Alex Fekken (5/17/2013)
If someone asks me to pick a number between 1 and 3 I don't think I'm forced to choose '2'.
Nice attempt at a "proof by intimidation" but I would see it as an invitation to pick a non-integer! 🙂
If you change the numbers to 1 and 30 (and explicitly ask for an integer) then I doubt that 1 and 30 would be as likely outcomes as the other integers in the range.
I have frequently heard high school exam grades being refered to as numbers between 1 and 10. I have never heard anyone call them a number between 0 and 11.
But then, I am not a native English speaker, so what do I know?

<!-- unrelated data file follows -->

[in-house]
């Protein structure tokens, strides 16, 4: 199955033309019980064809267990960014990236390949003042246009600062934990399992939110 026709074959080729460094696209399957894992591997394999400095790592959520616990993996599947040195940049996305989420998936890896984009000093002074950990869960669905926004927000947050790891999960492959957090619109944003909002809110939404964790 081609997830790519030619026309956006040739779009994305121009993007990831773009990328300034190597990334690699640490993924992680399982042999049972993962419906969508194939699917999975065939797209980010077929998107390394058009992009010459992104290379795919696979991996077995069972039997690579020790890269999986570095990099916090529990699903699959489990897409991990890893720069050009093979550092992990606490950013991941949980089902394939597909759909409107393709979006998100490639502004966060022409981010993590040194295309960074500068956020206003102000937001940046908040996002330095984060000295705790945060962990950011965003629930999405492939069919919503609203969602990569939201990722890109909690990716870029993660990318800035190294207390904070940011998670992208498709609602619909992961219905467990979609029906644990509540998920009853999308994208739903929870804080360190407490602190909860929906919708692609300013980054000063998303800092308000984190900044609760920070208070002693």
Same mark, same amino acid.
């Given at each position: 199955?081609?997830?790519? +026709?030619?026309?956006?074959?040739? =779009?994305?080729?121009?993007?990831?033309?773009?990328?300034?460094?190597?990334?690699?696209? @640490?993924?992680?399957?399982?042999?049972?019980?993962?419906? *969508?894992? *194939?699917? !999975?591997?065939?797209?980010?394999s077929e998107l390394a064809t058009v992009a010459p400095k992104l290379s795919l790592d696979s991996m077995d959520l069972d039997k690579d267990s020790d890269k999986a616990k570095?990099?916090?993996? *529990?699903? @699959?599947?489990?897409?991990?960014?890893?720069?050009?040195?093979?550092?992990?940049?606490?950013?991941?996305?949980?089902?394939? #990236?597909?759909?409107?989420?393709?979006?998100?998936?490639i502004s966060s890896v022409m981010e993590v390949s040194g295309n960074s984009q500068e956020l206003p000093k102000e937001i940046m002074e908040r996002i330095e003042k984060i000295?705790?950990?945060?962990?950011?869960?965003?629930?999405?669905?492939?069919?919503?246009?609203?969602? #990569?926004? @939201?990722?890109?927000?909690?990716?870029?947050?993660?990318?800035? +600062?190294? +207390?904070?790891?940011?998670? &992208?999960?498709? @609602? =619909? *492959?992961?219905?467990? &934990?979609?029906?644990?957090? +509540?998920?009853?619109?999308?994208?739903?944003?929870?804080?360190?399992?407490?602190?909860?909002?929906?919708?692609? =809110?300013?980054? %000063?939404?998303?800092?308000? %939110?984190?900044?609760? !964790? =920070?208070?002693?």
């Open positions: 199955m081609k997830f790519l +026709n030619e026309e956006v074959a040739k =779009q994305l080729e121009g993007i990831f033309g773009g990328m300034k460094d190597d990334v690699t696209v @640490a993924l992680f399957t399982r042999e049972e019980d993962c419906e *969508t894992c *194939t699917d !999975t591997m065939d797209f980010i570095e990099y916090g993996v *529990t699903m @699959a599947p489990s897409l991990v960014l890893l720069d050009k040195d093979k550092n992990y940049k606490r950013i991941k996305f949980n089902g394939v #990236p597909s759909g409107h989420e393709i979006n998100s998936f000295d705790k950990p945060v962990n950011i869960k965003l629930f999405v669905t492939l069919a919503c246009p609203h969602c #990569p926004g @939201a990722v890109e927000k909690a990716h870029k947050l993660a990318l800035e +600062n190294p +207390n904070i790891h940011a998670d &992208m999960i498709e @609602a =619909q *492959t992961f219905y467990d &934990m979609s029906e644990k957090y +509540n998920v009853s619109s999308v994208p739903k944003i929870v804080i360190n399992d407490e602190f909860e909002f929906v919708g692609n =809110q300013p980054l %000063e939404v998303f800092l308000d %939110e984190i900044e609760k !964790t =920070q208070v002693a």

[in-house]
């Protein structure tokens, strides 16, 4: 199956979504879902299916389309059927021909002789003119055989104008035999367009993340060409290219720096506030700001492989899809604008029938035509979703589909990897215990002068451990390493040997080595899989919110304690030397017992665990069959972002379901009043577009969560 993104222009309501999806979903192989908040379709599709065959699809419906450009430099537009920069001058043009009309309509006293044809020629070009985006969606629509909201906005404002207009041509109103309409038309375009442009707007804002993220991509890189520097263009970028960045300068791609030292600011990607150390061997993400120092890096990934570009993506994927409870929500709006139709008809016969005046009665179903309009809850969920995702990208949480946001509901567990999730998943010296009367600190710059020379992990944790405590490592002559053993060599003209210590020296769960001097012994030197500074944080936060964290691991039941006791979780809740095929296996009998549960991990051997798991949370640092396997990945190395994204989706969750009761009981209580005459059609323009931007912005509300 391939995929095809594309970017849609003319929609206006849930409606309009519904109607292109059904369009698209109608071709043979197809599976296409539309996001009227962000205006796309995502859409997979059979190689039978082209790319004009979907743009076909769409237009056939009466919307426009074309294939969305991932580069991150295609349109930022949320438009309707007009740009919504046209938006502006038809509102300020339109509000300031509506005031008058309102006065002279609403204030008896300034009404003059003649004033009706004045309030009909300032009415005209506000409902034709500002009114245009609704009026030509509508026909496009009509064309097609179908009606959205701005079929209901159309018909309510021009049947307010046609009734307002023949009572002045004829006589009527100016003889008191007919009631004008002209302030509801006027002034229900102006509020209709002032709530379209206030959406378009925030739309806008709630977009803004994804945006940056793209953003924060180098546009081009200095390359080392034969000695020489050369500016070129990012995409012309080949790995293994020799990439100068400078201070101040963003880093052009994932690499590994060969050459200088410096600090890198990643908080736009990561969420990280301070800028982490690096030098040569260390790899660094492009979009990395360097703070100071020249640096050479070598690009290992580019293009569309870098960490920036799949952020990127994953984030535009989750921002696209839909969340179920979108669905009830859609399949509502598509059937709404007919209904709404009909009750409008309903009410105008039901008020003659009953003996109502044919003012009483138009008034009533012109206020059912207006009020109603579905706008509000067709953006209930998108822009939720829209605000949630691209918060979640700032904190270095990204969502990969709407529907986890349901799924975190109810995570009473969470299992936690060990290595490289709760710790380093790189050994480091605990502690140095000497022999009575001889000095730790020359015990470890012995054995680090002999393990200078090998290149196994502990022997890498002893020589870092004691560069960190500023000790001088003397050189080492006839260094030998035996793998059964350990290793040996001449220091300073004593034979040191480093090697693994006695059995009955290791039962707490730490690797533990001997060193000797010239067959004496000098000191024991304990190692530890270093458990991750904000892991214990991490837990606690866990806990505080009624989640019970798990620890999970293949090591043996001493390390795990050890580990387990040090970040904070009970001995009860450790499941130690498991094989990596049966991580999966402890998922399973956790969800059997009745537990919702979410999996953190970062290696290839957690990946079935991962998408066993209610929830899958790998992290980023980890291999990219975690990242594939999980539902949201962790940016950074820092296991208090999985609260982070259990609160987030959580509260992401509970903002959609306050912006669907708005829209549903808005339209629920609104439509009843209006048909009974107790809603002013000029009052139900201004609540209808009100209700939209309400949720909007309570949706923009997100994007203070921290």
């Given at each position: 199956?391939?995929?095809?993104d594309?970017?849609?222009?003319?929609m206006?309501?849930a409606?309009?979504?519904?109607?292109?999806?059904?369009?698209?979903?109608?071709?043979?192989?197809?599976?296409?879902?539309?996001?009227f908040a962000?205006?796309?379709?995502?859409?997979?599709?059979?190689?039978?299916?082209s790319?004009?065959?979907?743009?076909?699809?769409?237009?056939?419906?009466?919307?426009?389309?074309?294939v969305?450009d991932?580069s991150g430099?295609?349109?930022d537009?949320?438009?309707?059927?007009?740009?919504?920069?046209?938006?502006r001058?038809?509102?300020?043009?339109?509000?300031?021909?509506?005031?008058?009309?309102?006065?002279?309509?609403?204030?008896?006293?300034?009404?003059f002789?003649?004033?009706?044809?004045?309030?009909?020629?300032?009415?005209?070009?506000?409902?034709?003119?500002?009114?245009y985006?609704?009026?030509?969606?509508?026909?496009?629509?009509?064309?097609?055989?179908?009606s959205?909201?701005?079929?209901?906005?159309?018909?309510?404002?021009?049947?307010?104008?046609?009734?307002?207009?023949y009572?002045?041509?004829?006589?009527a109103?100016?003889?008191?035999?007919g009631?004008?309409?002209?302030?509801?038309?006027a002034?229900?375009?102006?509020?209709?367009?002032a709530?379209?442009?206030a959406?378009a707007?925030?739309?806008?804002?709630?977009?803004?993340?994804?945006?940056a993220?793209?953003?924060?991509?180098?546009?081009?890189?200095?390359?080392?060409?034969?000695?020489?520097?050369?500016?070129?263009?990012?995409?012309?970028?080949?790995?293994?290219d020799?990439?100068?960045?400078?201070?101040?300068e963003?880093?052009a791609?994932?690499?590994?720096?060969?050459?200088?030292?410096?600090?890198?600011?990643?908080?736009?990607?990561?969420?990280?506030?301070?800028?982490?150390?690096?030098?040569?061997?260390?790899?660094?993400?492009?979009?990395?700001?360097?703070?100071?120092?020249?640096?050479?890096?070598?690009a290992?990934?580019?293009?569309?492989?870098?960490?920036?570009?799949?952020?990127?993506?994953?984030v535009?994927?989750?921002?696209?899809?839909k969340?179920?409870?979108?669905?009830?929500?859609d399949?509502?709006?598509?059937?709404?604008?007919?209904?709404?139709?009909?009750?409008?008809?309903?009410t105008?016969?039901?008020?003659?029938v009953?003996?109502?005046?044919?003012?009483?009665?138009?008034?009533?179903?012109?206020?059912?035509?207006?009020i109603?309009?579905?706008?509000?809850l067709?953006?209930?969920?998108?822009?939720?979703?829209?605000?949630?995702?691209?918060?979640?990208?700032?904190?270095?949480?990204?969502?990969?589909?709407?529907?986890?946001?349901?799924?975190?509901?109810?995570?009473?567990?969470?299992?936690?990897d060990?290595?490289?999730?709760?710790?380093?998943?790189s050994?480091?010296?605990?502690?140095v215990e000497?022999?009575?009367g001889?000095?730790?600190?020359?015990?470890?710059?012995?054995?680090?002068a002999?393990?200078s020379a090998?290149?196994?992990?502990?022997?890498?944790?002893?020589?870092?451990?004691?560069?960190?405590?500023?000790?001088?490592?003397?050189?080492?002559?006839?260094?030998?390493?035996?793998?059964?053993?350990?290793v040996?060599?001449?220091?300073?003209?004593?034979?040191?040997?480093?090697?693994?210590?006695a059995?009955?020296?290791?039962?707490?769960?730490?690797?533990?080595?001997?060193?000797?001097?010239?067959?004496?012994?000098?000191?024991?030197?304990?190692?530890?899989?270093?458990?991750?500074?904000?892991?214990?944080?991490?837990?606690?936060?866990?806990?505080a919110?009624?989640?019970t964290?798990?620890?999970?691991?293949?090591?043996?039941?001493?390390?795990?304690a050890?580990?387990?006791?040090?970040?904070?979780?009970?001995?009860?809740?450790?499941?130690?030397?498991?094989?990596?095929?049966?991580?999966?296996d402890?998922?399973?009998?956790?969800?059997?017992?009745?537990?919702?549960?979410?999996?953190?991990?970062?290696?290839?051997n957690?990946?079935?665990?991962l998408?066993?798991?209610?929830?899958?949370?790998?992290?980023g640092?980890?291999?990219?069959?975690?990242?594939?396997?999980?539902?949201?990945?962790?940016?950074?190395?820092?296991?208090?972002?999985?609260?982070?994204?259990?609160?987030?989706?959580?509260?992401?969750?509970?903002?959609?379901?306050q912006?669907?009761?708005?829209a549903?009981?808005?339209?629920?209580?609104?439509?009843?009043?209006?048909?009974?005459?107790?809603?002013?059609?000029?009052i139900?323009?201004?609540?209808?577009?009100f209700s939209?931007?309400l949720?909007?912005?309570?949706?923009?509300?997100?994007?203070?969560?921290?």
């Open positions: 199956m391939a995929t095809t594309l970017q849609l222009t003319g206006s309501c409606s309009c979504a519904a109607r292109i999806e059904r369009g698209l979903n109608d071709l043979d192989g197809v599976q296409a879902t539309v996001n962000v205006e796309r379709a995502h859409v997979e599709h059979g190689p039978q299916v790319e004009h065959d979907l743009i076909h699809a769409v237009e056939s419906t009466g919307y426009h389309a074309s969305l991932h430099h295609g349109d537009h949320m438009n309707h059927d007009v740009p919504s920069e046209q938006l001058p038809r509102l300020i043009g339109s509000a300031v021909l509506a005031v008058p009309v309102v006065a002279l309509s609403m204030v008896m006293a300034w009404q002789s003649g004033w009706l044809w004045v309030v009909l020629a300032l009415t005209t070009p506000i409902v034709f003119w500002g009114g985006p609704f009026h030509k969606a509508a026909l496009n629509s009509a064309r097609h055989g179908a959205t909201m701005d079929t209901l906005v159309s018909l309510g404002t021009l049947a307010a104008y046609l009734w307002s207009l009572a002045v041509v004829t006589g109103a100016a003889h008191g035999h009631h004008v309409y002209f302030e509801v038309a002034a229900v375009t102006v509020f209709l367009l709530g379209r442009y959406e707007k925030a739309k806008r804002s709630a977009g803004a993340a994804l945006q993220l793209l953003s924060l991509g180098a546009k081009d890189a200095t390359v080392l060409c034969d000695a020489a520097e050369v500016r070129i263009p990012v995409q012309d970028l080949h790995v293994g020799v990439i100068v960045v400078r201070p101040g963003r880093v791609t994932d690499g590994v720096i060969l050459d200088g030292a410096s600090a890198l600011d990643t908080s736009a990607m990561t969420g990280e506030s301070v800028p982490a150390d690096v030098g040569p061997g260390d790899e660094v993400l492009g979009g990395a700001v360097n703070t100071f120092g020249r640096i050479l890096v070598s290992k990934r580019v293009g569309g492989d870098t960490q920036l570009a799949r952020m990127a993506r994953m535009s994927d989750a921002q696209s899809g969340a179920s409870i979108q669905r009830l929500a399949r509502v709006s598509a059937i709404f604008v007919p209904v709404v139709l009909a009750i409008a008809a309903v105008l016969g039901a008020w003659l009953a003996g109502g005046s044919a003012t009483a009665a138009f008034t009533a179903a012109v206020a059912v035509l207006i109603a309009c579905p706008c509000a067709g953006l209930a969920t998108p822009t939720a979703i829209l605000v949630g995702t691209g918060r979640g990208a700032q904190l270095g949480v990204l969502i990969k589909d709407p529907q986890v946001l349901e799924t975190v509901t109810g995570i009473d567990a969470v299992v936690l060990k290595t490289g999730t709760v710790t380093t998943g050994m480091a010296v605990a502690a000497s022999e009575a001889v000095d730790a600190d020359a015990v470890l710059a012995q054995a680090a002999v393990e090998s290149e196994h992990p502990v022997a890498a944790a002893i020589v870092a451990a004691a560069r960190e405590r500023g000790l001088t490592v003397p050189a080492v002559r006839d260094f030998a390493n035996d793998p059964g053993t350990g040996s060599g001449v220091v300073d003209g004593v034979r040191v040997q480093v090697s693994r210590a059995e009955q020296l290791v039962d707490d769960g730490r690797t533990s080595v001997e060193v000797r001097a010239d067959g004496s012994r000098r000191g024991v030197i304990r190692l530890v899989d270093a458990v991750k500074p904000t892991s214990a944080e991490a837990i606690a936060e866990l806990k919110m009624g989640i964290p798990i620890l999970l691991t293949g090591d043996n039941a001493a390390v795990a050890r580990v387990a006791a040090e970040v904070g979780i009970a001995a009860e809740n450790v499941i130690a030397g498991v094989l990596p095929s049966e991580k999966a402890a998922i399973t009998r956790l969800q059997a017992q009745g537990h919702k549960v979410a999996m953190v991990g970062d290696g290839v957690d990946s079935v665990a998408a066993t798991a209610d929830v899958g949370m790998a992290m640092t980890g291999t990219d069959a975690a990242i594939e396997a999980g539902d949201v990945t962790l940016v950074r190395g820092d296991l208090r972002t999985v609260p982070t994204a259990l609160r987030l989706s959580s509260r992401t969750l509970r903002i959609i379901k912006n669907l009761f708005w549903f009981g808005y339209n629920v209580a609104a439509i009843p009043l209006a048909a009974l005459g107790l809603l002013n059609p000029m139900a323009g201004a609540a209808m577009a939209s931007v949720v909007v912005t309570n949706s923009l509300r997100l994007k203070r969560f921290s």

However, with other data types than integer values, there is indeed amibiguity in the English use of "between". On a numeric (non-integer) scale, when a value is between 11 and 35, I expect the values 11.000 and 35.000 to be included, just as (obviously) 11.001 and 34.999, but not 35.001. Just as the SQL operator BETWEEN is defined for numeric data types.
However, with points in time, when people say between now and May 25, I expect May 25, 4:28 PM to be still included. For SQL with datetime and similar data types, the cutoff point would be May 25, midnight - one second later would be outside the range.
(edit: I would not even calls this a 'bug', like I would call certain other "features", but simply a 'bad choice')
Agreeed. This is definitely not a bug. I would call this a non-intuitive implementation choice. (And note that this choice is not made by the Microsoft team; they only followed what has been defined in the ISO/ANSI standard for SQL).